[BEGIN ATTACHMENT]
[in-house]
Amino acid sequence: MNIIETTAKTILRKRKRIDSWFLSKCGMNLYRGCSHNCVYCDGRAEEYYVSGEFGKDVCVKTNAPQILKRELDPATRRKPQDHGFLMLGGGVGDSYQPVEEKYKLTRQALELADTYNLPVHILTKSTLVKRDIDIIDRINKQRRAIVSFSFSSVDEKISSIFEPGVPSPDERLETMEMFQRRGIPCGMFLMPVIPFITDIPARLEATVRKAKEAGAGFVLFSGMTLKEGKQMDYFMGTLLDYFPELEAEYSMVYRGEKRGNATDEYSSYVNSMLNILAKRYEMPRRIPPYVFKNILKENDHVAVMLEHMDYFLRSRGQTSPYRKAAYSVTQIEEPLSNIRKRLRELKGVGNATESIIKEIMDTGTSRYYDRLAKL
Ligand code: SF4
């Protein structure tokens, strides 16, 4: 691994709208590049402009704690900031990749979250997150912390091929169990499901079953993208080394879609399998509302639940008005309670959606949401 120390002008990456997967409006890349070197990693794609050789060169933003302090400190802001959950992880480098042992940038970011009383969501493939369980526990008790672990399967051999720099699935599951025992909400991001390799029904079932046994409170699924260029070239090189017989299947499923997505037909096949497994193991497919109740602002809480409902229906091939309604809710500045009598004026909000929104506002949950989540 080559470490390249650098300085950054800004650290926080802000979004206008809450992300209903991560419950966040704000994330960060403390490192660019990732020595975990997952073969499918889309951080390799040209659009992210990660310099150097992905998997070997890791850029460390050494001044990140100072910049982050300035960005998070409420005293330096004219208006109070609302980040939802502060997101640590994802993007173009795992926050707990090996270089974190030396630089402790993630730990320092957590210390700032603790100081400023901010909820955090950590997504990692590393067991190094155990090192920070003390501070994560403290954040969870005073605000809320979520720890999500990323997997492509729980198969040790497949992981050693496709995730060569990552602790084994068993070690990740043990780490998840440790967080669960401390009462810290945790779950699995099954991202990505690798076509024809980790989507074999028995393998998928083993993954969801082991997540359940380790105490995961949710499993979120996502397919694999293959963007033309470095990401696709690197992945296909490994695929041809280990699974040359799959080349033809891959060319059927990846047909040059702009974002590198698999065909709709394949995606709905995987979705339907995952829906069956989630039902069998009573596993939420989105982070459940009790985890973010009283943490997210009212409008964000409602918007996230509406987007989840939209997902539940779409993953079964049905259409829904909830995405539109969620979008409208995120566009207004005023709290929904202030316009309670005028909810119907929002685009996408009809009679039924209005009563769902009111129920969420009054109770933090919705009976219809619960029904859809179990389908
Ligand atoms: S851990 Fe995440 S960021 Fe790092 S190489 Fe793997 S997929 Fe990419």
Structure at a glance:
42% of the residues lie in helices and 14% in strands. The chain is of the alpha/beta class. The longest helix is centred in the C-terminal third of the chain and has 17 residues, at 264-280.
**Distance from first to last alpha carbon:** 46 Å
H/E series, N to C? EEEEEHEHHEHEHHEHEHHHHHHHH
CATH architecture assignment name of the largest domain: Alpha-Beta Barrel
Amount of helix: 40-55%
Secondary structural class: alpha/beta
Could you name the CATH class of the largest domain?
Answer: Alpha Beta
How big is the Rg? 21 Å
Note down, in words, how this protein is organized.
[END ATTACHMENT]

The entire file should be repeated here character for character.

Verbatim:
[in-house]
Amino acid sequence: MNIIETTAKTILRKRKRIDSWFLSKCGMNLYRGCSHNCVYCDGRAEEYYVSGEFGKDVCVKTNAPQILKRELDPATRRKPQDHGFLMLGGGVGDSYQPVEEKYKLTRQALELADTYNLPVHILTKSTLVKRDIDIIDRINKQRRAIVSFSFSSVDEKISSIFEPGVPSPDERLETMEMFQRRGIPCGMFLMPVIPFITDIPARLEATVRKAKEAGAGFVLFSGMTLKEGKQMDYFMGTLLDYFPELEAEYSMVYRGEKRGNATDEYSSYVNSMLNILAKRYEMPRRIPPYVFKNILKENDHVAVMLEHMDYFLRSRGQTSPYRKAAYSVTQIEEPLSNIRKRLRELKGVGNATESIIKEIMDTGTSRYYDRLAKL
Ligand code: SF4
């Protein structure tokens, strides 16, 4: 691994709208590049402009704690900031990749979250997150912390091929169990499901079953993208080394879609399998509302639940008005309670959606949401 120390002008990456997967409006890349070197990693794609050789060169933003302090400190802001959950992880480098042992940038970011009383969501493939369980526990008790672990399967051999720099699935599951025992909400991001390799029904079932046994409170699924260029070239090189017989299947499923997505037909096949497994193991497919109740602002809480409902229906091939309604809710500045009598004026909000929104506002949950989540 080559470490390249650098300085950054800004650290926080802000979004206008809450992300209903991560419950966040704000994330960060403390490192660019990732020595975990997952073969499918889309951080390799040209659009992210990660310099150097992905998997070997890791850029460390050494001044990140100072910049982050300035960005998070409420005293330096004219208006109070609302980040939802502060997101640590994802993007173009795992926050707990090996270089974190030396630089402790993630730990320092957590210390700032603790100081400023901010909820955090950590997504990692590393067991190094155990090192920070003390501070994560403290954040969870005073605000809320979520720890999500990323997997492509729980198969040790497949992981050693496709995730060569990552602790084994068993070690990740043990780490998840440790967080669960401390009462810290945790779950699995099954991202990505690798076509024809980790989507074999028995393998998928083993993954969801082991997540359940380790105490995961949710499993979120996502397919694999293959963007033309470095990401696709690197992945296909490994695929041809280990699974040359799959080349033809891959060319059927990846047909040059702009974002590198698999065909709709394949995606709905995987979705339907995952829906069956989630039902069998009573596993939420989105982070459940009790985890973010009283943490997210009212409008964000409602918007996230509406987007989840939209997902539940779409993953079964049905259409829904909830995405539109969620979008409208995120566009207004005023709290929904202030316009309670005028909810119907929002685009996408009809009679039924209005009563769902009111129920969420009054109770933090919705009976219809619960029904859809179990389908
Ligand atoms: S851990 Fe995440 S960021 Fe790092 S190489 Fe793997 S997929 Fe990419």
Structure at a glance:
42% of the residues lie in helices and 14% in strands. The chain is of the alpha/beta class. The longest helix is centred in the C-terminal third of the chain and has 17 residues, at 264-280.
**Distance from first to last alpha carbon:** 46 Å
H/E series, N to C? EEEEEHEHHEHEHHEHEHHHHHHHH
CATH architecture assignment name of the largest domain: Alpha-Beta Barrel
Amount of helix: 40-55%
Secondary structural class: alpha/beta
Could you name the CATH class of the largest domain?
Answer: Alpha Beta
How big is the Rg? 21 Å
Note down, in words, how this protein is organized.